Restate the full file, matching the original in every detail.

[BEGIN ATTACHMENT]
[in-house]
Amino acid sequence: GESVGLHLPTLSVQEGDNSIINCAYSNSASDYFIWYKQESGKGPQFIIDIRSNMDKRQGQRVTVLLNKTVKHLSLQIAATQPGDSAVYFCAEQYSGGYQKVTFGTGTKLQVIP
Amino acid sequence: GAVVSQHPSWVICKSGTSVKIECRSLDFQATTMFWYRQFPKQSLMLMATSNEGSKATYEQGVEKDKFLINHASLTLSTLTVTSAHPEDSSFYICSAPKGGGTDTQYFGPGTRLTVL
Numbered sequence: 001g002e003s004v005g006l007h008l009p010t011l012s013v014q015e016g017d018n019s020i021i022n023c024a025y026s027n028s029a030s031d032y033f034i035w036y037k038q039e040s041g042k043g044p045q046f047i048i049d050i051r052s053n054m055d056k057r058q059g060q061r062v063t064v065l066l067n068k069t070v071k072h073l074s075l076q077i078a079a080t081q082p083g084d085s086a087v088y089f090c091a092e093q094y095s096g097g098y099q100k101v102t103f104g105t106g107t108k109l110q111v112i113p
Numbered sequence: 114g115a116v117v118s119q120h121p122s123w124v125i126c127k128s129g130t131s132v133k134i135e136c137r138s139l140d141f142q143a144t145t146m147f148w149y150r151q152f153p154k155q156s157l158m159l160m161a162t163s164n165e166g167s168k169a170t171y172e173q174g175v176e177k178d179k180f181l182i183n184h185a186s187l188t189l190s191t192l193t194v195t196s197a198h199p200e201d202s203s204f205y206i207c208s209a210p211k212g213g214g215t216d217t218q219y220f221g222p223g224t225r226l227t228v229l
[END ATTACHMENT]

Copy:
[in-house]
Amino acid sequence: GESVGLHLPTLSVQEGDNSIINCAYSNSASDYFIWYKQESGKGPQFIIDIRSNMDKRQGQRVTVLLNKTVKHLSLQIAATQPGDSAVYFCAEQYSGGYQKVTFGTGTKLQVIP
Amino acid sequence: GAVVSQHPSWVICKSGTSVKIECRSLDFQATTMFWYRQFPKQSLMLMATSNEGSKATYEQGVEKDKFLINHASLTLSTLTVTSAHPEDSSFYICSAPKGGGTDTQYFGPGTRLTVL
Numbered sequence: 001g002e003s004v005g006l007h008l009p010t011l012s013v014q015e016g017d018n019s020i021i022n023c024a025y026s027n028s029a030s031d032y033f034i035w036y037k038q039e040s041g042k043g044p045q046f047i048i049d050i051r052s053n054m055d056k057r058q059g060q061r062v063t064v065l066l067n068k069t070v071k072h073l074s075l076q077i078a079a080t081q082p083g084d085s086a087v088y089f090c091a092e093q094y095s096g097g098y099q100k101v102t103f104g105t106g107t108k109l110q111v112i113p
Numbered sequence: 114g115a116v117v118s119q120h121p122s123w124v125i126c127k128s129g130t131s132v133k134i135e136c137r138s139l140d141f142q143a144t145t146m147f148w149y150r151q152f153p154k155q156s157l158m159l160m161a162t163s164n165e166g167s168k169a170t171y172e173q174g175v176e177k178d179k180f181l182i183n184h185a186s187l188t189l190s191t192l193t194v195t196s197a198h199p200e201d202s203s204f205y206i207c208s209a210p211k212g213g214g215t216d217t218q219y220f221g222p223g224t225r226l227t228v229l